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I am trying to understand SEC filings of various oil royalty trusts. To really understand what is going on with them, I need to know the answer to the question in the title. To expand on it a bit:

An oil well will obviously have high capital costs during drilling and completion, Later, it will continue to be capital costs, but after a point they will become much lower and sporadic, as opposed to the early high level.

My question is, once an oil well has started producing, are the expensive early capital costs done with? Or do they frequently continue?

I am asking as a general matter. I realize there can be exceptions. Those don't presently interest me. I am asking about what usually happens.

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Oil and Gas accounting can be quite complex. There are various methods for accounting for capital costs, But in general, you are correct that there are massive initial capital costs

That said, whether a cost is capitalized or expensed has more to do with the nature of the expense rather then the timing. There are costs that can be incurred before production that are still expensed (e.g. site maintenance) and costs that occur after production that are capitalized (e.g. recompletions, addition of telemetry).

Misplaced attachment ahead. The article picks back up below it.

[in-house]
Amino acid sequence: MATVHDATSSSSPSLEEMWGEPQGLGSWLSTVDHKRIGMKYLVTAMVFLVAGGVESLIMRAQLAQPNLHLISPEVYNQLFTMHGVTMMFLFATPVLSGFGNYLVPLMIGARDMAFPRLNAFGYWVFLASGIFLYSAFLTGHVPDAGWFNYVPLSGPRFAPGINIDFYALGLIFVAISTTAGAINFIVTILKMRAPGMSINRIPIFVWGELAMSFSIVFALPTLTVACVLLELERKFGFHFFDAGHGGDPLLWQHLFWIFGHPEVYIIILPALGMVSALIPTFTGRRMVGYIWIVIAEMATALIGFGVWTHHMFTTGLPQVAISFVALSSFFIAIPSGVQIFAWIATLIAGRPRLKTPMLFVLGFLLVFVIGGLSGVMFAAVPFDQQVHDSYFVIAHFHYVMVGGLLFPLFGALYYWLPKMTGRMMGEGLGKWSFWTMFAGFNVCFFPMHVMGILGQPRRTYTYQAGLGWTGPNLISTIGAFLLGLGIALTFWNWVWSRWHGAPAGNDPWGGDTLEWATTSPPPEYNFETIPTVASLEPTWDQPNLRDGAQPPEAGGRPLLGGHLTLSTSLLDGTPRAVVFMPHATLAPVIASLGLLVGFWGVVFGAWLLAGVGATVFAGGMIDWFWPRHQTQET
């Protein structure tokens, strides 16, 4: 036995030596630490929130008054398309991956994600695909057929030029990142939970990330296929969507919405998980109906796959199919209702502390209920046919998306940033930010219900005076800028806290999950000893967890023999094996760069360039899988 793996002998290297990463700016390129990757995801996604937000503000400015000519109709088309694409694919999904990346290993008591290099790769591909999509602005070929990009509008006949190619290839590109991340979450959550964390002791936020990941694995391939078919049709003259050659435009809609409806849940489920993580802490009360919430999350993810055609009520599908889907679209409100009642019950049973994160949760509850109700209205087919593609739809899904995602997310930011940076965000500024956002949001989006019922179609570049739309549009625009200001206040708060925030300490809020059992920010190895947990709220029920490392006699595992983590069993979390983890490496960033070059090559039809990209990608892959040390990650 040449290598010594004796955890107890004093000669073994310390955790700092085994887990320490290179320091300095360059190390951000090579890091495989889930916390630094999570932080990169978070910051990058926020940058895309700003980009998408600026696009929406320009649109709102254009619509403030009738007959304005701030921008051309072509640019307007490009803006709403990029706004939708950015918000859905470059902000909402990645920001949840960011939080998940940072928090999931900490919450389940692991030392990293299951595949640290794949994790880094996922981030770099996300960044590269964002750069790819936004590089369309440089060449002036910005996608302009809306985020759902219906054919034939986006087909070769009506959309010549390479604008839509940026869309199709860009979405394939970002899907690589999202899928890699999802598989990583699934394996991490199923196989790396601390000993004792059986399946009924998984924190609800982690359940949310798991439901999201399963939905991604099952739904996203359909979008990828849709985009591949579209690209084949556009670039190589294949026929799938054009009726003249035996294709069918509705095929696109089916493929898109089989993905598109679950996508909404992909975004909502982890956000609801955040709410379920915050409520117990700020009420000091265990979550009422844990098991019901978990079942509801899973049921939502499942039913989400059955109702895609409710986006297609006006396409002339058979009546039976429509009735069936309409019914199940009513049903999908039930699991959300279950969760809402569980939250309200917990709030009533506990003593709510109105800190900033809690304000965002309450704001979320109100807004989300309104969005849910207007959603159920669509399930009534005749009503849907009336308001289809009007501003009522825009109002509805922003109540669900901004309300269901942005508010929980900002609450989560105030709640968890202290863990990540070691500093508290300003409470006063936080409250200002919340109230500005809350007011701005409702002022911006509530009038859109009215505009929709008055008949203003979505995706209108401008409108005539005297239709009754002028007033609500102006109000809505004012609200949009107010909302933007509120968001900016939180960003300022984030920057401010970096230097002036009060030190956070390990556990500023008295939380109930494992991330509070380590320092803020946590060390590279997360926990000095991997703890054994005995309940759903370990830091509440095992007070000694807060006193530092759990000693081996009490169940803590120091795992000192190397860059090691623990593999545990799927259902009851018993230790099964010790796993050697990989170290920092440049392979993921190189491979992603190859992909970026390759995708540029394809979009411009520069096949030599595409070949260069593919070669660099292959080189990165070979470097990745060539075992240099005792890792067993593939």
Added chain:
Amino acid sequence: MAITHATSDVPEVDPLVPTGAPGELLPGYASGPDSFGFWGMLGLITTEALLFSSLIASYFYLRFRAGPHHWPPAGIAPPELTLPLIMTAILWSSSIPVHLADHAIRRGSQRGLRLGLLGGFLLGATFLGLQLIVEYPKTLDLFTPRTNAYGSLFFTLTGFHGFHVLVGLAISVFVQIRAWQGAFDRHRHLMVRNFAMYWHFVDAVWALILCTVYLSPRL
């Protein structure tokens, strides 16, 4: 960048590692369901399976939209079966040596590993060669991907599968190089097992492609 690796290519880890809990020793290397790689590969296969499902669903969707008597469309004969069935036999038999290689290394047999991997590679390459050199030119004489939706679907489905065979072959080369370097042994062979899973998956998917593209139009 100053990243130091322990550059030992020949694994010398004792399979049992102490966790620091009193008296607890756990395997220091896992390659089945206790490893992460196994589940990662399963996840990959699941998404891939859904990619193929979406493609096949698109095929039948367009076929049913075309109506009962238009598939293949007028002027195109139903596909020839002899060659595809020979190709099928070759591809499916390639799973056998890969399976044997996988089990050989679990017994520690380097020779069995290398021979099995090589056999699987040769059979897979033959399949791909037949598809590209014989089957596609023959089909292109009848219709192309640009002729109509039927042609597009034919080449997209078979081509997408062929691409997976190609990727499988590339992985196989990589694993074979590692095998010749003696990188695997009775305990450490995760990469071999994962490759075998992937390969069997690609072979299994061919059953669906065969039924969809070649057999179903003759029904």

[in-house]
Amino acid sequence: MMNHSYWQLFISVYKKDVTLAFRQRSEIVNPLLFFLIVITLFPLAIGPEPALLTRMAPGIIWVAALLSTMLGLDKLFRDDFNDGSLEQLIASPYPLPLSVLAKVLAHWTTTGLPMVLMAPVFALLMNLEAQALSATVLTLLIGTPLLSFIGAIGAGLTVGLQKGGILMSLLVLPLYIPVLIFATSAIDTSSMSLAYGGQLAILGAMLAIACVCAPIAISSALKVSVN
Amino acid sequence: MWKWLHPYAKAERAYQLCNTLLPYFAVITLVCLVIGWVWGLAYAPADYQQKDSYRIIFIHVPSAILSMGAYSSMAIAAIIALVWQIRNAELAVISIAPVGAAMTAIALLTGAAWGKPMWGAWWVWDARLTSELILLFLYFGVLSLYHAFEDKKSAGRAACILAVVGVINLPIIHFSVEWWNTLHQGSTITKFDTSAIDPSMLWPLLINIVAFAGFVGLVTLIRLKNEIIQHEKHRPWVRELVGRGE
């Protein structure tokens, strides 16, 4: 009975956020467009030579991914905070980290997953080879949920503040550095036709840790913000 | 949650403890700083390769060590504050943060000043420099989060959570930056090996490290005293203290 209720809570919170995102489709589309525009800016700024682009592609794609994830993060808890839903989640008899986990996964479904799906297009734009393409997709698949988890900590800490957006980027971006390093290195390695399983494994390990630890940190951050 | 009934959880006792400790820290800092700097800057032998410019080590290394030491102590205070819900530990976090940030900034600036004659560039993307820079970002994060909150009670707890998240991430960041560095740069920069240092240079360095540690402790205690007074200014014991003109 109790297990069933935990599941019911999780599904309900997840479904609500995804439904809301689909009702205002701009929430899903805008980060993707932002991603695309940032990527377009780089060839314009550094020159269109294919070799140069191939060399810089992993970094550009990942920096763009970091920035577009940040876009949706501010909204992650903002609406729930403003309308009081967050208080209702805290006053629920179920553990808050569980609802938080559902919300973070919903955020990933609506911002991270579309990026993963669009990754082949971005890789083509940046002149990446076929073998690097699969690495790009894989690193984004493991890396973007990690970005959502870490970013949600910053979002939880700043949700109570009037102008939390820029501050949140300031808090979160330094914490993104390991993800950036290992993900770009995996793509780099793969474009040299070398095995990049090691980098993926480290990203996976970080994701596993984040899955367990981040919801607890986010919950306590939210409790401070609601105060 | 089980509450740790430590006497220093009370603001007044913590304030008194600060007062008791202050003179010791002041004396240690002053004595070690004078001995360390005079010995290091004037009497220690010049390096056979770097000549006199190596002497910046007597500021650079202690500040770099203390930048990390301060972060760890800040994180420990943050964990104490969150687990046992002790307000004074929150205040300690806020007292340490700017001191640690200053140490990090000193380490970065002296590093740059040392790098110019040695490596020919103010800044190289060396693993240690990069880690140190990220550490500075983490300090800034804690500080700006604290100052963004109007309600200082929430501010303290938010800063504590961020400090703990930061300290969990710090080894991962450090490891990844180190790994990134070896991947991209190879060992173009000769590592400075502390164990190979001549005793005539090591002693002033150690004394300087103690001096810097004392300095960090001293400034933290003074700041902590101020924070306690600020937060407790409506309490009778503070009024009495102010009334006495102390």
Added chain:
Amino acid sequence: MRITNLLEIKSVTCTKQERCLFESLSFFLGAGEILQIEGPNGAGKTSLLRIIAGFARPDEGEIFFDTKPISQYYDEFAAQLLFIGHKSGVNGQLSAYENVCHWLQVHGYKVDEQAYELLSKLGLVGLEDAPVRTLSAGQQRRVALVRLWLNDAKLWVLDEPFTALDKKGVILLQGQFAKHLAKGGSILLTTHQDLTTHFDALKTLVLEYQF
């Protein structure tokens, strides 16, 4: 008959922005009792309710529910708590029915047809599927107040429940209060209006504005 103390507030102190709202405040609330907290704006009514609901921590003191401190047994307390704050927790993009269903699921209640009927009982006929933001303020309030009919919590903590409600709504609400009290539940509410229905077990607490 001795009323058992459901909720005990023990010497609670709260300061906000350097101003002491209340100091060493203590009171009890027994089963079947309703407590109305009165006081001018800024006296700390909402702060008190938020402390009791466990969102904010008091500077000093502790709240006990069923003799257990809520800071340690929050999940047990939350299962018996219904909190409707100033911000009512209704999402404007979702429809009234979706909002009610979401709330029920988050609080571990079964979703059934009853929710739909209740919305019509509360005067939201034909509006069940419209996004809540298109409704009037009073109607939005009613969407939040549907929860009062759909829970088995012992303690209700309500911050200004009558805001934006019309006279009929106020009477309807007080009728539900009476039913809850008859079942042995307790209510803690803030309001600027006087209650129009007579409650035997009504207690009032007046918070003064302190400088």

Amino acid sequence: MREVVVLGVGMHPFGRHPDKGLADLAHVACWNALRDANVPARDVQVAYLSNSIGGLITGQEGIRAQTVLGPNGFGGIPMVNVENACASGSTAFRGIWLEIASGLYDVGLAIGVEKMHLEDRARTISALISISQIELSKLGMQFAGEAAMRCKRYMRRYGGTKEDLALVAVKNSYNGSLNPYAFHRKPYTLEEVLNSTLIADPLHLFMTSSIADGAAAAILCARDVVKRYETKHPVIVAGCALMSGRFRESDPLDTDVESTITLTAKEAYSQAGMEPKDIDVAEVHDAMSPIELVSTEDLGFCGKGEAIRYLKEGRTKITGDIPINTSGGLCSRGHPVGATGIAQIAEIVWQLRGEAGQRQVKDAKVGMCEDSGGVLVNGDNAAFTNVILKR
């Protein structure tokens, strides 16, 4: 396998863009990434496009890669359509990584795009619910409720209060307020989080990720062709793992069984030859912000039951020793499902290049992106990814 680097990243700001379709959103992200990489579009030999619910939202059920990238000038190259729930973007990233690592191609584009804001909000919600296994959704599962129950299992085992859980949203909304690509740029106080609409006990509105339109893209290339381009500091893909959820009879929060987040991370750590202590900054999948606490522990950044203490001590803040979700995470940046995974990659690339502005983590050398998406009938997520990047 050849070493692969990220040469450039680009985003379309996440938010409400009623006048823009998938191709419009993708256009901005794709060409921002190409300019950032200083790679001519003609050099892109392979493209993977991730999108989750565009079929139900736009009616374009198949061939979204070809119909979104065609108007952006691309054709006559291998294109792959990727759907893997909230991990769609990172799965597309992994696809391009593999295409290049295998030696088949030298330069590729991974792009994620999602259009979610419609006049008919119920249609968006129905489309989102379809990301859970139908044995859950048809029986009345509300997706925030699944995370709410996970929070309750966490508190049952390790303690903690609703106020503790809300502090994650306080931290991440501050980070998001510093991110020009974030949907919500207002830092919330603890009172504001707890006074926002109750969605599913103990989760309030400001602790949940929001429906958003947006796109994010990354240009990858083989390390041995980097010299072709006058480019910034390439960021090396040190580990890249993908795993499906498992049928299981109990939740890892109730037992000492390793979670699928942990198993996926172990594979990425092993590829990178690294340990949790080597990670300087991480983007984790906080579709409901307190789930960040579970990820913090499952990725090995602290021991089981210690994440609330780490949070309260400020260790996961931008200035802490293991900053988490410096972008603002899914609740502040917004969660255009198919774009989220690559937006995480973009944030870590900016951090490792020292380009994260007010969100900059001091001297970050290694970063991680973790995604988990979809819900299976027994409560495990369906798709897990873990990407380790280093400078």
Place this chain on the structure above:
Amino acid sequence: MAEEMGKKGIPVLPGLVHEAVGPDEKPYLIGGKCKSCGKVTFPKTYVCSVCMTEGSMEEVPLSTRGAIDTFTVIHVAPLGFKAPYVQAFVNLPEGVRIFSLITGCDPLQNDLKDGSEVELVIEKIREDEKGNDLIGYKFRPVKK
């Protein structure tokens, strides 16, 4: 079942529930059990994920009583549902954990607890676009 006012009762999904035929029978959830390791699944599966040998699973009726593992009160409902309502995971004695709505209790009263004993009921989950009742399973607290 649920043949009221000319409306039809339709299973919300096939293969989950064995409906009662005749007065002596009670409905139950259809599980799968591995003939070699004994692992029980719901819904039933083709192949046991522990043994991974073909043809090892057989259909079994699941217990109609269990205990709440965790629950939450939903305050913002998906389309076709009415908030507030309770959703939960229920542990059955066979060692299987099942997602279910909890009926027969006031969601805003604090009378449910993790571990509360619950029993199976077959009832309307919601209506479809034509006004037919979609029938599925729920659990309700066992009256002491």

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Do significant initial oil well capital costs overlap with early production?

In general, the answer is no. The well is drilled then completed, then production starts.

Please note that these capital costs are not paid by the royalty trusts. They are paid by the working interest ownership partners.

There might be recompletion/workover expenses later. Also, there might be repair expenses on the production equipment. However, those are the obligations working interest owners and not the royalty owners.

In some of the reports that I have read, you will see the a phrase like "XXX has met is drilling obligations to the Trust on this day Y".

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    This is true in general, but for offshore drilling there might very well be large capital expenditure after drilling and completion - infrastructure such as hotel rigs, land electrification (decomissioning of the gas power plant) etc etc etc... and they can be a real kick in the wallet. – Stian Yttervik Oct 21 at 7:28

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